Blog 10 of my mini series…
At the end of February (feels like a life time ago now) I traveled to Belfast to attend the Only Just media Summit. This was just as Corona Virus was starting to become a ‘thing’, before Social Distancing had become a ‘thing’ and the week that Northern Ireland had just had their first case.
The event was a full day of speakers, all experts in their fields, talking to a room full of bloggers, Vloggers, content creators and brands. My plan immediately after the event was to write some blogs on the speakers and my key takeouts. Life then got in the way, CoronaVirus exploded and took up all my time at work and this idea got left in the notes section of my phone. Until now.
Today is the final blog where I want to outline my key take outs for the day.
Why? To be honest it’s probably multipurpose (like that kind of cleaning product you but to clean the kitchen and bathroom if like me you are not a ‘Mrs. Hincher’. Partly I think it will help me solidify the key points I took away from the day, because although I’ve not written about them here until now I have started to take action. But also because I think you as the reader could also benefit from these takeouts. You might not be interested in branding or social media or content creation but some of the ideas I took away could just be useful for your approach to your job or you life in general.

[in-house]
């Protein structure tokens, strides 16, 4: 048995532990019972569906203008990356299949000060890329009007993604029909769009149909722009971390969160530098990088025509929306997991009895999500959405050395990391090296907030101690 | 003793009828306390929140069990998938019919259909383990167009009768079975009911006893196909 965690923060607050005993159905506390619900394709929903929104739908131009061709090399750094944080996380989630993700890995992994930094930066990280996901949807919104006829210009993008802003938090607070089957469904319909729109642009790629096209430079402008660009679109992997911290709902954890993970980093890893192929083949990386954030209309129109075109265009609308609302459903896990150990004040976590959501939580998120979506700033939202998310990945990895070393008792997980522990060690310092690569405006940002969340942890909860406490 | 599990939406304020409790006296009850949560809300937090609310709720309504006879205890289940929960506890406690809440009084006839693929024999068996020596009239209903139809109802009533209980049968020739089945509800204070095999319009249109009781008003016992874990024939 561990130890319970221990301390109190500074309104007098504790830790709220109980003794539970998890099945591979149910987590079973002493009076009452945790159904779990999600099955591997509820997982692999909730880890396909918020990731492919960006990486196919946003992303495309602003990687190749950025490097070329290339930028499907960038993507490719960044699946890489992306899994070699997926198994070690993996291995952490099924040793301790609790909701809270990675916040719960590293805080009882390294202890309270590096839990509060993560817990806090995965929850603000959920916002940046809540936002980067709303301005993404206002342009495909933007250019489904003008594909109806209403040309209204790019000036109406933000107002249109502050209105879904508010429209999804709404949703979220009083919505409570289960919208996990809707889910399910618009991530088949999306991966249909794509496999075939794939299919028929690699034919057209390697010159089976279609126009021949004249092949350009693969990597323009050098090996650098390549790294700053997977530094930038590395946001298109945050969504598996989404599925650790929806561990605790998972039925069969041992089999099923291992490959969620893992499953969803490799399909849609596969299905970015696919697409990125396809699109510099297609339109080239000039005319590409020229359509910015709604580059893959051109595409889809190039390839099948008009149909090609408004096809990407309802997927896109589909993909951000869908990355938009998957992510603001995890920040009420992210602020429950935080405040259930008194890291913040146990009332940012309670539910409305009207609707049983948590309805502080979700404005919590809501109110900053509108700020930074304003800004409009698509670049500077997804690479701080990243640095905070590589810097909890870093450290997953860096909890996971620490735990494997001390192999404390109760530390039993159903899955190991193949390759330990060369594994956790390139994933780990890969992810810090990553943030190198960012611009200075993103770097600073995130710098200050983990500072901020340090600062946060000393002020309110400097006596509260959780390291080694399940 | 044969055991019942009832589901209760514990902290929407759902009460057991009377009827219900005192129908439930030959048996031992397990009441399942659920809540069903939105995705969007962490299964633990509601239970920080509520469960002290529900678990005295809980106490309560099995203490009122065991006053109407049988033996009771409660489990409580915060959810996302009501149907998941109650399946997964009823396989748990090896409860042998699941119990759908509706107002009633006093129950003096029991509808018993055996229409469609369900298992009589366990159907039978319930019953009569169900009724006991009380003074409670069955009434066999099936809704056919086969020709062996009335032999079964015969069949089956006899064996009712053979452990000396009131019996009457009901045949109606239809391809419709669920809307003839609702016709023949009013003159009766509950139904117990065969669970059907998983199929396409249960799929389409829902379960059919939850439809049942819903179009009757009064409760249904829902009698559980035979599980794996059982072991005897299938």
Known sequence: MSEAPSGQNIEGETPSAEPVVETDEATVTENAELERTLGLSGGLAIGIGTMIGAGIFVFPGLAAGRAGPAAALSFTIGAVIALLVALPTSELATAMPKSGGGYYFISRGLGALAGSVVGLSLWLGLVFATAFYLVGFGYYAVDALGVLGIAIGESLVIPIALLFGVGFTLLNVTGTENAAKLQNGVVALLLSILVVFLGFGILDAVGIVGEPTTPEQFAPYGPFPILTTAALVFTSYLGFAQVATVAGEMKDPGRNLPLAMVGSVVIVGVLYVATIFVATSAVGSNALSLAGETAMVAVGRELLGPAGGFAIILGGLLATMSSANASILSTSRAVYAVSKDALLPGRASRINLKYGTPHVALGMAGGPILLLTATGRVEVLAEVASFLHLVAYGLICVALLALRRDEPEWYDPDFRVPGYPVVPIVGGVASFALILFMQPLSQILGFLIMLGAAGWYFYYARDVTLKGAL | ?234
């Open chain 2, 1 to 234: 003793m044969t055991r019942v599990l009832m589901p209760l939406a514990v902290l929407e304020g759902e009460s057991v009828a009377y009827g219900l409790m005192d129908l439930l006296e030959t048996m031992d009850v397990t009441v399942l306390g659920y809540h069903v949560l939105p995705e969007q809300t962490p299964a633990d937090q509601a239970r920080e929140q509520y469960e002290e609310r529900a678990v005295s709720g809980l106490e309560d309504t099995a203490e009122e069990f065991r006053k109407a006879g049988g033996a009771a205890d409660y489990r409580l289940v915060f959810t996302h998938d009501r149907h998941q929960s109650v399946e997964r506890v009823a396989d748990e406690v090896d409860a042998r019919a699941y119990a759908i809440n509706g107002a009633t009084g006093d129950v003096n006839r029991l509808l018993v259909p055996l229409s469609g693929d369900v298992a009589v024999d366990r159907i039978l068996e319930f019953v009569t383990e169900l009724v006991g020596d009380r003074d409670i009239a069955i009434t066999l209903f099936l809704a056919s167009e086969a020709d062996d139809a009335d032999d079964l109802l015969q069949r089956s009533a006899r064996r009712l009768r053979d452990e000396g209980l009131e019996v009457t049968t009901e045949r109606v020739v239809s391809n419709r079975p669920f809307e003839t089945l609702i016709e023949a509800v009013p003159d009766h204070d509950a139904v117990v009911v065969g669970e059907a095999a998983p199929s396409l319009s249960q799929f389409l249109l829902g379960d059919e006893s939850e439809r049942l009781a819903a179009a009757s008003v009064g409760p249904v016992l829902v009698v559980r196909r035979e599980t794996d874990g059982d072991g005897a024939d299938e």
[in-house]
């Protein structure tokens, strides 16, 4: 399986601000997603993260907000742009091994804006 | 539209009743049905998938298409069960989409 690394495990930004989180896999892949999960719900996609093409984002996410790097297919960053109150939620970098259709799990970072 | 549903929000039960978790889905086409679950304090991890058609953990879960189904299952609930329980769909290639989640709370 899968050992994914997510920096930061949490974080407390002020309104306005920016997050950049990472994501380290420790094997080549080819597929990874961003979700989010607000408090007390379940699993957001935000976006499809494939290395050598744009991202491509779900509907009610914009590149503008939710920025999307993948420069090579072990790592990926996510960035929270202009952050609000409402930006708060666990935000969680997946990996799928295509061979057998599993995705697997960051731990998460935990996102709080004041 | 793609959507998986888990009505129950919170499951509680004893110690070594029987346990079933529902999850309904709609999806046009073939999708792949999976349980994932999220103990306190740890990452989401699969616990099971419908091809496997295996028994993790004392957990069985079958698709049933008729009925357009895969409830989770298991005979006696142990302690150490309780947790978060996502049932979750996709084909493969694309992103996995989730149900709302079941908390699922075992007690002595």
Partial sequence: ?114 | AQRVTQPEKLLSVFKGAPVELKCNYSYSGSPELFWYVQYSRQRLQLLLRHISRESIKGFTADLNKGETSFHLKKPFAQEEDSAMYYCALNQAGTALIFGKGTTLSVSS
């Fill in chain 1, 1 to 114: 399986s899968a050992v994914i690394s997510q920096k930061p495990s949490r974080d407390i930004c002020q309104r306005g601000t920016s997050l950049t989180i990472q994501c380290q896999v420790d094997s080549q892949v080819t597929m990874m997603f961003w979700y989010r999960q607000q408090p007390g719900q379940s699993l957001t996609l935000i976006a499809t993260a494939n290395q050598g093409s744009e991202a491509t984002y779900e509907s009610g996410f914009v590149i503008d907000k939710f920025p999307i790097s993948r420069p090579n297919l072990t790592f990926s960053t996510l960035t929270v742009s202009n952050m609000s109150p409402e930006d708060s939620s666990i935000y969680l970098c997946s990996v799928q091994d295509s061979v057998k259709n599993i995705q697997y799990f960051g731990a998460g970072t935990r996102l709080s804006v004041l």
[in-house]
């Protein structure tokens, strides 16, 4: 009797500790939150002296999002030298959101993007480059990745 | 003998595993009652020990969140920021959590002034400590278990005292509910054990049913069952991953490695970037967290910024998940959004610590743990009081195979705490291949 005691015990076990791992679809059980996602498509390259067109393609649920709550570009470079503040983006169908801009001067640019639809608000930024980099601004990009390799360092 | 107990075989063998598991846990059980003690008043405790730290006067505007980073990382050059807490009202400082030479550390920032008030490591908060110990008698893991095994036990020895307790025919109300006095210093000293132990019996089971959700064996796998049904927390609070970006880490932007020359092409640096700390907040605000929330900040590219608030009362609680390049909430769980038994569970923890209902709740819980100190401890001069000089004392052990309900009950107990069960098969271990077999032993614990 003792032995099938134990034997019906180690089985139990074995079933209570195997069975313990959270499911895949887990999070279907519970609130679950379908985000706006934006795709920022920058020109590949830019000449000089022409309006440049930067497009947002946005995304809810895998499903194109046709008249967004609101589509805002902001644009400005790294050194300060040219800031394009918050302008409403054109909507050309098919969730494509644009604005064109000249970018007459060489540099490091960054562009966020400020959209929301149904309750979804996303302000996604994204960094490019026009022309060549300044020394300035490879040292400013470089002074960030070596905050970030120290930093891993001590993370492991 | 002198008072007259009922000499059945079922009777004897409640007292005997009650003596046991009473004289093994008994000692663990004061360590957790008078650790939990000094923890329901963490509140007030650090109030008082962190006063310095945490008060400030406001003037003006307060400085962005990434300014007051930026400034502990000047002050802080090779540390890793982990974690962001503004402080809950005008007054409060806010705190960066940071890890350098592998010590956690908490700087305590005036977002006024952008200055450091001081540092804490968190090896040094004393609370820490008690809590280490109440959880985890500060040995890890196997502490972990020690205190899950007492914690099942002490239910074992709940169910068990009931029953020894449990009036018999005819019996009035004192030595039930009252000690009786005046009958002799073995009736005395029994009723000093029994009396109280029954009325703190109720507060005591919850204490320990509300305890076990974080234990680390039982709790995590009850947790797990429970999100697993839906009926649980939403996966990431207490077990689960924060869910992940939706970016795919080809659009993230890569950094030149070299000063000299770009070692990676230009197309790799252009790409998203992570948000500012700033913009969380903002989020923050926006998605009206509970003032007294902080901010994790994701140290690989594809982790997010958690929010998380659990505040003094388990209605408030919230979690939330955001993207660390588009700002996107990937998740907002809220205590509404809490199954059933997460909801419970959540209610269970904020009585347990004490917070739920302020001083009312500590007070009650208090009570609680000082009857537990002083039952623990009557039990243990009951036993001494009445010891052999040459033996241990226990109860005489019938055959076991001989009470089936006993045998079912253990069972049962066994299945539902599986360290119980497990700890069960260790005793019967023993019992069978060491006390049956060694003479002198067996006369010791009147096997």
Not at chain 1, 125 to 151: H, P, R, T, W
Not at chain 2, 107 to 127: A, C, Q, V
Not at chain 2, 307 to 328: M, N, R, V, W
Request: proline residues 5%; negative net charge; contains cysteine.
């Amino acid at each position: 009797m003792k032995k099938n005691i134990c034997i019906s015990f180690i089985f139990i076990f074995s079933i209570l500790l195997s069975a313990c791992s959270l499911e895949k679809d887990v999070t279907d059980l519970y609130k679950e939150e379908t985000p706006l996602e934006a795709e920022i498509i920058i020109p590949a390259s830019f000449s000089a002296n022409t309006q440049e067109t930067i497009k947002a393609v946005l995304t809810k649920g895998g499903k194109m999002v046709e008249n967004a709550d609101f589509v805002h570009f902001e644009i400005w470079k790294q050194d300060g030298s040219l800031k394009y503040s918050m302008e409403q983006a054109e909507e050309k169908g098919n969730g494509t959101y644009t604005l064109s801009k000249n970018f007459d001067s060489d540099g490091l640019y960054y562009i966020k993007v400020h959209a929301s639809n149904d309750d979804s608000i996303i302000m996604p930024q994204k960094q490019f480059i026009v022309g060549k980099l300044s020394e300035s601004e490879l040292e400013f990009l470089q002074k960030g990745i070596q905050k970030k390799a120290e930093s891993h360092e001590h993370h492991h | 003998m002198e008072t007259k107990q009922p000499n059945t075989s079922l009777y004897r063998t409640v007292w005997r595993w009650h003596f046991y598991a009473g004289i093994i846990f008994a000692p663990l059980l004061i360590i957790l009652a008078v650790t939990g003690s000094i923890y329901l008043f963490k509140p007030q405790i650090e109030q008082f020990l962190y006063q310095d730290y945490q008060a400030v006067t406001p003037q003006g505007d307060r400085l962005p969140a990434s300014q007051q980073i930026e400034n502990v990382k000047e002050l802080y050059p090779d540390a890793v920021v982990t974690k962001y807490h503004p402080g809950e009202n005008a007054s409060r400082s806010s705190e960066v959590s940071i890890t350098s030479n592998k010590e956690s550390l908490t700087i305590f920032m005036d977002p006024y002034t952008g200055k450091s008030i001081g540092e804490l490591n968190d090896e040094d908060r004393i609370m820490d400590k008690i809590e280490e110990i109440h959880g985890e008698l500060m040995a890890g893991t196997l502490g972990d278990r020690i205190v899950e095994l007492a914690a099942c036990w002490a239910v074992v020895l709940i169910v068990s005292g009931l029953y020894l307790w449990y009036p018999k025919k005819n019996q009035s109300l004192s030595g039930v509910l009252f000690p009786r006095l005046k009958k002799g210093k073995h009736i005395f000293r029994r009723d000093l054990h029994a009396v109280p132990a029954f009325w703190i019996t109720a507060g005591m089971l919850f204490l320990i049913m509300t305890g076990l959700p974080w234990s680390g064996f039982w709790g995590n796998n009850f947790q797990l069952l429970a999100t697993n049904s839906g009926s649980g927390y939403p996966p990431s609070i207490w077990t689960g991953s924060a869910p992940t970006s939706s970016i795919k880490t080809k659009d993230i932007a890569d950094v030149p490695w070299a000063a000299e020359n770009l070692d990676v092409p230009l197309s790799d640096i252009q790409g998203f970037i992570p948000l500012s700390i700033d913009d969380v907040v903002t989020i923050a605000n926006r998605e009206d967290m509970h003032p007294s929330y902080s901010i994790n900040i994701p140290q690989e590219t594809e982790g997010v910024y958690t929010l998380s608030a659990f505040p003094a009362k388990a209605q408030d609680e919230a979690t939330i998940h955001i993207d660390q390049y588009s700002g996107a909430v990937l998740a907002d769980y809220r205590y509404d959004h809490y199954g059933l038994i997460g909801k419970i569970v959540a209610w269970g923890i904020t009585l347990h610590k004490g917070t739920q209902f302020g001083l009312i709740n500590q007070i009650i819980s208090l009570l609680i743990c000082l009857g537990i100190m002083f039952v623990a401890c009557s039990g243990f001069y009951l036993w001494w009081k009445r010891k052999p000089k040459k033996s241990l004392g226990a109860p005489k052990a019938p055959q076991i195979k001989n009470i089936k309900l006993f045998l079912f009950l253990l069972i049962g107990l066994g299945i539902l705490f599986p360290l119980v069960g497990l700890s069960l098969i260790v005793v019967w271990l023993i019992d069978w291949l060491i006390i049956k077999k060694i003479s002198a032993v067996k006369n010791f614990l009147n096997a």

So introductions over today’s blog will focus on the talk given by Alan Wallace, an account brand and project manager from Northern Ireland.
‘You can’t take likes to the bank’ said Allan.
How many likes your photos on Instagram get or how many shares are not a metric to bank on.
I think whether you use your social media accounts for personal reasons, for business or both this can be easy to forget.
It’s easy to see someone else getting hundreds of likes or shares and compare yourself to them and wonder what you are doing wrong.
After writing nine previous blogs about social media in this series, how you can use it to aid your own personal brand (regardless whether you use that brand as part of a business or just for you) it feels right to finish on that thought, and it felt a good way for the summit itself to end.
A reminder that when we post content we want the content to matter to us and be true to our own personal beliefs and values. When it is, if it doesn’t get the kind of traction we had hoped we can still feel good about the content because we know it’s worthwhile.